Coping with the death of a loved one is incredibly difficult for anyone. But it's especially burdensome when surviving family members are aware that an individual's death could have been prevented. In circumstances when another party's actions could have led to a less catastrophic outcome or could have spared the life of the deceased, family members have the right to file a claim against any individual, organization or entity they believe to be responsible for an individual's passing.
A local family has recently decided to take legal recourse and file a wrongful death claim in Cook County Circuit Court pertaining to the tragic loss of their loved one and Wilmette Uber driver, Grant Nelson.
A few weeks ago, news of Nelson's death made national headlines when the 34-year-old driver picked up teenager Eliza Wasni outside of a Walmart in Skokie, Illinois at around 3 a.m. Shortly after hitching a ride, Wasni, a 16-year-old high school student, violently stabbed Nelson to death with a machete from behind. Reports indicate that Nelson crashed and fled from the car crying for help before he was pronounced dead by paramedics.
Wasni was arrested shortly after the attack and was charged this month with first-degree murder. She is being held without bail.
The family claims that popular superstore chain Walmart, and two of its private security contractors Monterrey Security Consultants and Allied Universal are legally liable for Nelson's death. They are listed as defendants in the lawsuit. For now, the family has not specified the amount of compensatory damages they are seeking in the lawsuit.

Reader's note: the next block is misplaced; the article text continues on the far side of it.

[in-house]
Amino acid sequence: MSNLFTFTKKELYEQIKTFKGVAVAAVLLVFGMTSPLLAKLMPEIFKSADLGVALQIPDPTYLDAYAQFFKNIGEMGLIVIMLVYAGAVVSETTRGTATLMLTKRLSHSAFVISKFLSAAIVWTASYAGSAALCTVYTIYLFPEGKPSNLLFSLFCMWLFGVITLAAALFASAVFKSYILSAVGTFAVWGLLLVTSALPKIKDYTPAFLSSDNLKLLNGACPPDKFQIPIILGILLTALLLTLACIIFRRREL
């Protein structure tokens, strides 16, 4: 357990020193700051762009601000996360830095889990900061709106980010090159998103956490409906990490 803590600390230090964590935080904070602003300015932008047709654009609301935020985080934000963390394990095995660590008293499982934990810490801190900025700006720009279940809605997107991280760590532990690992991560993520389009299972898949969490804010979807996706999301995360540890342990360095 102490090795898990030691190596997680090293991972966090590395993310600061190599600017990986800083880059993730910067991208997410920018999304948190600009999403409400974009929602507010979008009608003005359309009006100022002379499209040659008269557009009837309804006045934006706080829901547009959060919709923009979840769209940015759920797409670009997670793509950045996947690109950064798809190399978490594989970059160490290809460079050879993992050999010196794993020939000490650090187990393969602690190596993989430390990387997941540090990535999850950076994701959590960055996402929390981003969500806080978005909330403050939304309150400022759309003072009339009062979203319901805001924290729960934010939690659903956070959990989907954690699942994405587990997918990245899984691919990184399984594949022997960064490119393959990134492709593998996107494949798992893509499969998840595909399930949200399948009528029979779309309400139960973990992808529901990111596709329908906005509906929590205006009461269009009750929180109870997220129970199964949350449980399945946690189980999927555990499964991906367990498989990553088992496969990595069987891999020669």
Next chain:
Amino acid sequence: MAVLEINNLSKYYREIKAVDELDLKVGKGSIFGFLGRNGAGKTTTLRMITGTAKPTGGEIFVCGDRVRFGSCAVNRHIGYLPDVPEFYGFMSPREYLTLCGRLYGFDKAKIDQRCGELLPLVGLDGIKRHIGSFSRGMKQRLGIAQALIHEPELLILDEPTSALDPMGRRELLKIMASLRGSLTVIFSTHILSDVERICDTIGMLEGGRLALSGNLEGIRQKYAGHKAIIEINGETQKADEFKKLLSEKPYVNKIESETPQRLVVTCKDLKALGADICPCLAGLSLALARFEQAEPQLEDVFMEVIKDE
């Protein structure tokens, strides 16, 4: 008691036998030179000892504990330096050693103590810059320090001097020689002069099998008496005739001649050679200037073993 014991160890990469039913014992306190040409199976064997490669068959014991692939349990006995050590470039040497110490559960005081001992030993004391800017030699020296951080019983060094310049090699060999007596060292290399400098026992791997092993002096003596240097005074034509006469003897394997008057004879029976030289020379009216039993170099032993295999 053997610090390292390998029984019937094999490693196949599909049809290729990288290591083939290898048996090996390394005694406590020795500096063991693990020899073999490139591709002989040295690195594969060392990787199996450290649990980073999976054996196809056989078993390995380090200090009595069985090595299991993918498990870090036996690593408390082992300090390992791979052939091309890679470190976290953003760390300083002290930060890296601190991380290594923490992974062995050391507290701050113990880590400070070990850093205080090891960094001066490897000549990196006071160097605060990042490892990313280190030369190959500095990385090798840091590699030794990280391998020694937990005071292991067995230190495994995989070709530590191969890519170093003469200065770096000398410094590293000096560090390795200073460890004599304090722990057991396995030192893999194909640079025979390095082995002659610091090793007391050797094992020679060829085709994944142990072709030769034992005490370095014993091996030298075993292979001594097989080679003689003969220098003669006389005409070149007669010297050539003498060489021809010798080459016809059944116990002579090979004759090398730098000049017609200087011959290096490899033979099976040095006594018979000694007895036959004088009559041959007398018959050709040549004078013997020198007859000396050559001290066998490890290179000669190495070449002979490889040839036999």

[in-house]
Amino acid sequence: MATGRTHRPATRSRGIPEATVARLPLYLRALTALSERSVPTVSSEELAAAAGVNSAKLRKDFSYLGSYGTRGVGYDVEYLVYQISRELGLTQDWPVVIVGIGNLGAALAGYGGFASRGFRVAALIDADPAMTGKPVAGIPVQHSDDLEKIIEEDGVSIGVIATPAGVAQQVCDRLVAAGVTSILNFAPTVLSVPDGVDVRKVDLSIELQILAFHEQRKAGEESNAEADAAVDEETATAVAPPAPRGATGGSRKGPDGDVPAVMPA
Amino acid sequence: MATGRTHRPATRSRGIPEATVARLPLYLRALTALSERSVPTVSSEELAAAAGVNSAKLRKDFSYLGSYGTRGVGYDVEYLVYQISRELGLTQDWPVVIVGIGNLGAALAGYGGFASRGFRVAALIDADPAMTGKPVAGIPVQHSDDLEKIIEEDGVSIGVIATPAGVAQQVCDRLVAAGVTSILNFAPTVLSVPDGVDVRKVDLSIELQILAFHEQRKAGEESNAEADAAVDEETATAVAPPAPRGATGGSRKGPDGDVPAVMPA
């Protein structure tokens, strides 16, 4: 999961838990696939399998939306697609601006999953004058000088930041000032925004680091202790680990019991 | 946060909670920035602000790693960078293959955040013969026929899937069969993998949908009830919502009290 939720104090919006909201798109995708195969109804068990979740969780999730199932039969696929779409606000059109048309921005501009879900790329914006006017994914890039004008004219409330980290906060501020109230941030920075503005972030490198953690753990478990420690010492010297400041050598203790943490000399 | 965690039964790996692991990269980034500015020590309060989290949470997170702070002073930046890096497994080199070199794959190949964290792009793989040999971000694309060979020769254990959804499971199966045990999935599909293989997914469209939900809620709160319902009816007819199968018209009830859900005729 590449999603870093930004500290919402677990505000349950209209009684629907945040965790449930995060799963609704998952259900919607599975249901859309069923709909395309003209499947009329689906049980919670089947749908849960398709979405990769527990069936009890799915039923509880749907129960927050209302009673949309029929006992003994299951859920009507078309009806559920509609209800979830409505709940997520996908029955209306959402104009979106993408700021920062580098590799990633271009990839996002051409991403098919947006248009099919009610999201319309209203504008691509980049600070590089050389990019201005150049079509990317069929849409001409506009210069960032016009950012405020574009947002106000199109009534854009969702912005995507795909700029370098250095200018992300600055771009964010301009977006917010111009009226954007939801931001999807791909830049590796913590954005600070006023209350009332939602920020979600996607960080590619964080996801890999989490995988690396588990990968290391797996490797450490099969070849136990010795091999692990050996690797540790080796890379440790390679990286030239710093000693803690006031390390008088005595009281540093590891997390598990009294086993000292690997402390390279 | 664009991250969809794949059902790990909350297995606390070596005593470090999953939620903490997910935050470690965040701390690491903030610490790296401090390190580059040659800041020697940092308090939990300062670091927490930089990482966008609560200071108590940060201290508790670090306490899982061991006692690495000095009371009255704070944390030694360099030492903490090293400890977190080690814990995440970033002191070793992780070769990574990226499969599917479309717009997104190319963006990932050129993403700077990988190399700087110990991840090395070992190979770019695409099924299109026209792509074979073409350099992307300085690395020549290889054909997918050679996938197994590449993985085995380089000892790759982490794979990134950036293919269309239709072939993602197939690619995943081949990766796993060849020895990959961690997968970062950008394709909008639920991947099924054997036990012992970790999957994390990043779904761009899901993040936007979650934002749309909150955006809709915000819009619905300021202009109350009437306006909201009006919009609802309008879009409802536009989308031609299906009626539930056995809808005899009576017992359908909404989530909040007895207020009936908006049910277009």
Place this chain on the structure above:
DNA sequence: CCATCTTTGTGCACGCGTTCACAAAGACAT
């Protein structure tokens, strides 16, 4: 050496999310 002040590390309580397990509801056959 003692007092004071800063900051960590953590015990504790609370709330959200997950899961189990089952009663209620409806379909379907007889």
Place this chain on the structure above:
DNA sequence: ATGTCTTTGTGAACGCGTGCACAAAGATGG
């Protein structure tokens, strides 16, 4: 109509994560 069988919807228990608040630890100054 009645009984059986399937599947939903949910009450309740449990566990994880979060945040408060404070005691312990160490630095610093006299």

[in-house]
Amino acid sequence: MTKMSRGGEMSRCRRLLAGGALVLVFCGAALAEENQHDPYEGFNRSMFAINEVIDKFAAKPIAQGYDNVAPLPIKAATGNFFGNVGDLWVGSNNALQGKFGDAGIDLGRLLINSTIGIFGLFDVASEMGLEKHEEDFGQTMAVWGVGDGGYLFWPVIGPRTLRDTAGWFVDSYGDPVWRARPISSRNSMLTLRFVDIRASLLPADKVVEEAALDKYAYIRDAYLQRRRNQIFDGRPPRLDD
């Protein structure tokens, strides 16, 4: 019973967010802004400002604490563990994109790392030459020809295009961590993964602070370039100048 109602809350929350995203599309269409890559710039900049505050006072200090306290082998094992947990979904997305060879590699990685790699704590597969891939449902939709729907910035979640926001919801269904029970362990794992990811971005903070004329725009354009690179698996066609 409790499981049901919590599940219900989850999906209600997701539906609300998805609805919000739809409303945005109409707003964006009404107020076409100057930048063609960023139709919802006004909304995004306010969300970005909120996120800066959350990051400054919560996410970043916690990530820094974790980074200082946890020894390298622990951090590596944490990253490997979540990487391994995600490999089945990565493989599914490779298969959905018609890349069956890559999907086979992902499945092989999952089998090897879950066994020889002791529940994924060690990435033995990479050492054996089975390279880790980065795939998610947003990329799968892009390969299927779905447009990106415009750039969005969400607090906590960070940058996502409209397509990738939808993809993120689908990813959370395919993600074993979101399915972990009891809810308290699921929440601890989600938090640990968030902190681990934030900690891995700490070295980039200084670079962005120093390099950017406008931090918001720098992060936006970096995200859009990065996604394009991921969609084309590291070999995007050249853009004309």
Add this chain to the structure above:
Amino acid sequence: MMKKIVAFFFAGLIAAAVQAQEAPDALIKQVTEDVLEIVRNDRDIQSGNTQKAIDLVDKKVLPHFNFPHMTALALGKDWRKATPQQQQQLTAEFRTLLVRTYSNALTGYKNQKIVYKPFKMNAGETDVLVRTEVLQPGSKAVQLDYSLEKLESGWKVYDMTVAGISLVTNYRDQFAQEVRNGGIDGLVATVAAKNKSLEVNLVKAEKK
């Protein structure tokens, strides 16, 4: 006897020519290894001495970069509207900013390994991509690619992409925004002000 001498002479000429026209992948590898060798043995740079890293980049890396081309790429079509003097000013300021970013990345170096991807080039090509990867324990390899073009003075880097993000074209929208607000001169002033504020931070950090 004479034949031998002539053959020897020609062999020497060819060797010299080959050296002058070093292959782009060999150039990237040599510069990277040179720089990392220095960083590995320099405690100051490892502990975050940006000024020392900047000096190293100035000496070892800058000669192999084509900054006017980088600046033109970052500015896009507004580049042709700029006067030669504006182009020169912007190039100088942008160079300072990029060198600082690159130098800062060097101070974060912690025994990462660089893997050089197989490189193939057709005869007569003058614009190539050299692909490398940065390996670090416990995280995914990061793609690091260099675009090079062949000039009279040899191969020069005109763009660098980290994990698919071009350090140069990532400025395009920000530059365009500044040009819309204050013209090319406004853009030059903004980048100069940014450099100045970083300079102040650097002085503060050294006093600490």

Moments before the brutal killing, Wasni thoroughly searched Walmart for a machete and a knife. When she found the weapons, she walked out the store without paying, despite the presence of two Walmart employees near the exits of the store. Video footage reveals that Wasni was not questioned or approached to show a receipt for the dangerous items. She exited the store within feet of them. According to the family's attorney, Robert Bingle, the security guards' failure to question the teenager constituted as negligence.
“We feel strongly that Walmart had an obligation to stop this young person at 3 in the morning who had been walking around in their store with a 1-inch machete and 5-inch hunting knife and didn't purchase them and … no one did anything to stop her,” Bingle said in a statement. He claims that the incident wouldn't have occurred “if Walmart and its agents had simply followed their own procedures.”
Walmart has defended its workers in response to the family's claims. The grocery store giant claims that it will cooperate with the court, but believes that its associates “acted properly, including third-party security to a possible shoplifting incident.” The two other defendants listed in the suit have not yet responded to the allegations.
Experienced Wrongful Death Attorneys
If you have lost a family member all due to the negligence of another person, organization or entity, you may be entitled to compensation. Contact the experienced attorneys at Benassi & Benassi today for a consultation.